Haggai Achiaa and Martha Fosua are hairdressers and members of Consercative Hair Dressers Association (CHDA) in Nkoranza in the Bono East Region of Ghana. Their business had not been yielding much profit because of high operation fees imposed on them by the Municipal Assembly. This was the plight shared by about 150 members of CHDA. The situation has now changed. Members are beginning to make decent profits and able to expand their businesses and sustain their families after receiving support from the Business Sector Advocacy Challenge (BUSAC) Fund.
The exorbitant business operation fees imposed on the association by the Nkoranza Municipal Assembly was crippling and collapsing businesses and ultimately affecting the revenue target of the Assembly. “Our accounts were in bad shape and sometimes we even felt we were being cheated by our bankers,” stated Mr Kofi Asante, the General Secretary of the association.
In 2017, the leadership of CHDA sought the support of the BUSAC Fund to carry out advocacy to save their livelihoods. “We were not part of the deliberations during fee fixing meetings so we advocated for space to be provided for us at the table,” stated Fosua, Chairperson of the association.
A capacity-building training program organised by the BUSAC Fund equipped members with the necessary skills to advocate effectively. Based on the support from the BUSAC Fund, the association embarked on an advocacy action to get the Municipal Assembly to involve them in the fee fixing processes. The association engaged with the Municipal Chief Executive of Nkoranza, the Municipal Finance Officer and other stakeholders including dressmakers and small business operators. CDHA also engaged in sensitization and media activities to create awareness of their plight.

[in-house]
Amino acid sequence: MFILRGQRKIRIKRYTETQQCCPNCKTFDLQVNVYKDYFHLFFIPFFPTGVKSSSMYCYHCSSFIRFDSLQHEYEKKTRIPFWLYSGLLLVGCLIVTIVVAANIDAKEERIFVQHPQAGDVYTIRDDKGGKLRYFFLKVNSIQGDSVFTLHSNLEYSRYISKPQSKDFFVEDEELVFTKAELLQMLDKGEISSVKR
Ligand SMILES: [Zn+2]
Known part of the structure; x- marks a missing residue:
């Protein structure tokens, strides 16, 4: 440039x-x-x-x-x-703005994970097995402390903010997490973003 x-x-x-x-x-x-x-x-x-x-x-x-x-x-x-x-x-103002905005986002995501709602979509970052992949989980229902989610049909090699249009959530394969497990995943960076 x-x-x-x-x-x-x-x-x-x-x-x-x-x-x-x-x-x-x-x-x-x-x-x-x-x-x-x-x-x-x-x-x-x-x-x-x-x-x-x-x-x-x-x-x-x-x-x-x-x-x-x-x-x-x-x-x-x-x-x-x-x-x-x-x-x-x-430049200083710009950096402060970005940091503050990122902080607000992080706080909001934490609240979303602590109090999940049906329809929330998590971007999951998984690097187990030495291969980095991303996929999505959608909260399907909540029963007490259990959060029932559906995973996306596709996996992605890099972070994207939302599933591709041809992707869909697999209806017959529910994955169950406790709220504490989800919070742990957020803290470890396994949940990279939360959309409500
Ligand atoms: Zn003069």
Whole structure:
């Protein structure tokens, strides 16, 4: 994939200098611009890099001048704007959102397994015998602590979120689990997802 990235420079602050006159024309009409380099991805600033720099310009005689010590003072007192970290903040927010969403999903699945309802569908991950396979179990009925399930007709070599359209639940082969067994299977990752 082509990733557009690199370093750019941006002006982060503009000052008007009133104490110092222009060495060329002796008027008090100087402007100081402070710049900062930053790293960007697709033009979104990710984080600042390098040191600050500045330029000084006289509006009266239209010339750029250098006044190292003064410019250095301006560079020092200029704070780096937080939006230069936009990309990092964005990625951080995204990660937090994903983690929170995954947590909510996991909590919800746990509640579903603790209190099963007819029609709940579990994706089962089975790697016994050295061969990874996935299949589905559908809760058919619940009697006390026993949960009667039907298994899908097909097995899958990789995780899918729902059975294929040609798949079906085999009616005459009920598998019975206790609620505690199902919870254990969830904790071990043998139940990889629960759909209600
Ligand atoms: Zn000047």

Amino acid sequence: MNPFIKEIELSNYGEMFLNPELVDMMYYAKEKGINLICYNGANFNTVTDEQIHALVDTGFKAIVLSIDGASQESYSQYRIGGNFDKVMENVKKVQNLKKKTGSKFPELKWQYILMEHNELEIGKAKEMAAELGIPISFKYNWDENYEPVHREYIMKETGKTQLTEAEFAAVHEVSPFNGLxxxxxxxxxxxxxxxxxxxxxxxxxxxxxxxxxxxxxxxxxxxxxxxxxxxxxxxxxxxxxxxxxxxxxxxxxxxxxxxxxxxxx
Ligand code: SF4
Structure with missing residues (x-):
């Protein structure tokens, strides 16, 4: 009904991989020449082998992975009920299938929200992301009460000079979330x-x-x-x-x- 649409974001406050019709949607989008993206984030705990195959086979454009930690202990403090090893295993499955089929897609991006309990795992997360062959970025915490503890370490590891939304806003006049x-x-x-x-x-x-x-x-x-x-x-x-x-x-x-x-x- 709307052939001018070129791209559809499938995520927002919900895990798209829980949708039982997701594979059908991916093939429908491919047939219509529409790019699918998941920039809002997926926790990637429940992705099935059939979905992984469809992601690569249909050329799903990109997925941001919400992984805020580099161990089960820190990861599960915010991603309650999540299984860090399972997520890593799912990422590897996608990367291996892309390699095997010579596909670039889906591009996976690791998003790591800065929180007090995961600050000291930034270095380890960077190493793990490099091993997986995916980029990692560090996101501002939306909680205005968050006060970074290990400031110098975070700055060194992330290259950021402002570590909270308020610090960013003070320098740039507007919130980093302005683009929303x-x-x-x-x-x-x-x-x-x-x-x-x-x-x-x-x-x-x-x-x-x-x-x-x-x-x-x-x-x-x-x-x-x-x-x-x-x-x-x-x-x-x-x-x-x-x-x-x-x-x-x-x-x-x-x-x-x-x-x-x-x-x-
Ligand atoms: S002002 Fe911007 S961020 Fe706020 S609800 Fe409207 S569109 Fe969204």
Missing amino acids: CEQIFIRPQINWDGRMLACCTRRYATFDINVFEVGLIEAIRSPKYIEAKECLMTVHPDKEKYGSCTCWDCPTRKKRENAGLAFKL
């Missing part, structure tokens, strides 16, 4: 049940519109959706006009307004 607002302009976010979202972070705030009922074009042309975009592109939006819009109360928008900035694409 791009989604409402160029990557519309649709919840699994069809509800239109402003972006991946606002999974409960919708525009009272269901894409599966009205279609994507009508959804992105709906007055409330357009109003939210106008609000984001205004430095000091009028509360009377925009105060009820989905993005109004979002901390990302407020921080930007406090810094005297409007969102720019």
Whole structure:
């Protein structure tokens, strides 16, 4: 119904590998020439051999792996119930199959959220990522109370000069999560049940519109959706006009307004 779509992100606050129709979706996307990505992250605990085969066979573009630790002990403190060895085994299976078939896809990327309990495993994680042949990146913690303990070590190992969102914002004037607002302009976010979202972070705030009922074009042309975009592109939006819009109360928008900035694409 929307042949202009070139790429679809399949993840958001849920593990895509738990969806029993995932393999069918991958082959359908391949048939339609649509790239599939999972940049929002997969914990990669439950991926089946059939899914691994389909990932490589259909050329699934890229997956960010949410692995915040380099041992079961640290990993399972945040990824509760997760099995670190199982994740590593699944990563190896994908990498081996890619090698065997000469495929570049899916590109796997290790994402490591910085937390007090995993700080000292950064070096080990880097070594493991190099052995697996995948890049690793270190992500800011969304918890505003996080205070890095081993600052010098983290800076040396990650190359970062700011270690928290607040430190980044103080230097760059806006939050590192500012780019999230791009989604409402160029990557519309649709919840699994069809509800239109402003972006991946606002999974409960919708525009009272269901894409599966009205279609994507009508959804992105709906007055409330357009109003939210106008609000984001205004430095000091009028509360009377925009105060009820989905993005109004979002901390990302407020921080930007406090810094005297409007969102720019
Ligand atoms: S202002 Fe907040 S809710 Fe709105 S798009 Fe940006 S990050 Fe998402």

According to Fosua, the dialogue with the Assembly yielded positive results. The association has participated in every fee-fixing meeting of the Assembly, and this has created visibility and credibility for them. Members of the association are joyful over their success in renegotiating fees imposed on them by the Nkoranza Municipal Assembly.
Haggai says she has reinvested the savings made into another business venture. “I have added the sale of wigs and beads to hairdressing”. Unlike previously, she is no longer concerned about meeting her tax obligation and has enough to invest in her business. She believes the successes recorded by the hairdressers and small businesses are as a direct result of the support extended to the association by BUSAC Fund and its Development Partners DANIDA and USAID.
“We have gained recognition from both the Assembly and the general public. This has contributed to the increase in our membership”, stated Fosua. The membership of the association has increased from 150 to over 200 after the advocacy activities. The commitment level of members has also improved; they have agreed to increase their monthly dues from GHc2 to GHc5.
“We appreciate the support from BUSAC Fund because without them we would not have come this far”, emphasized Fosua.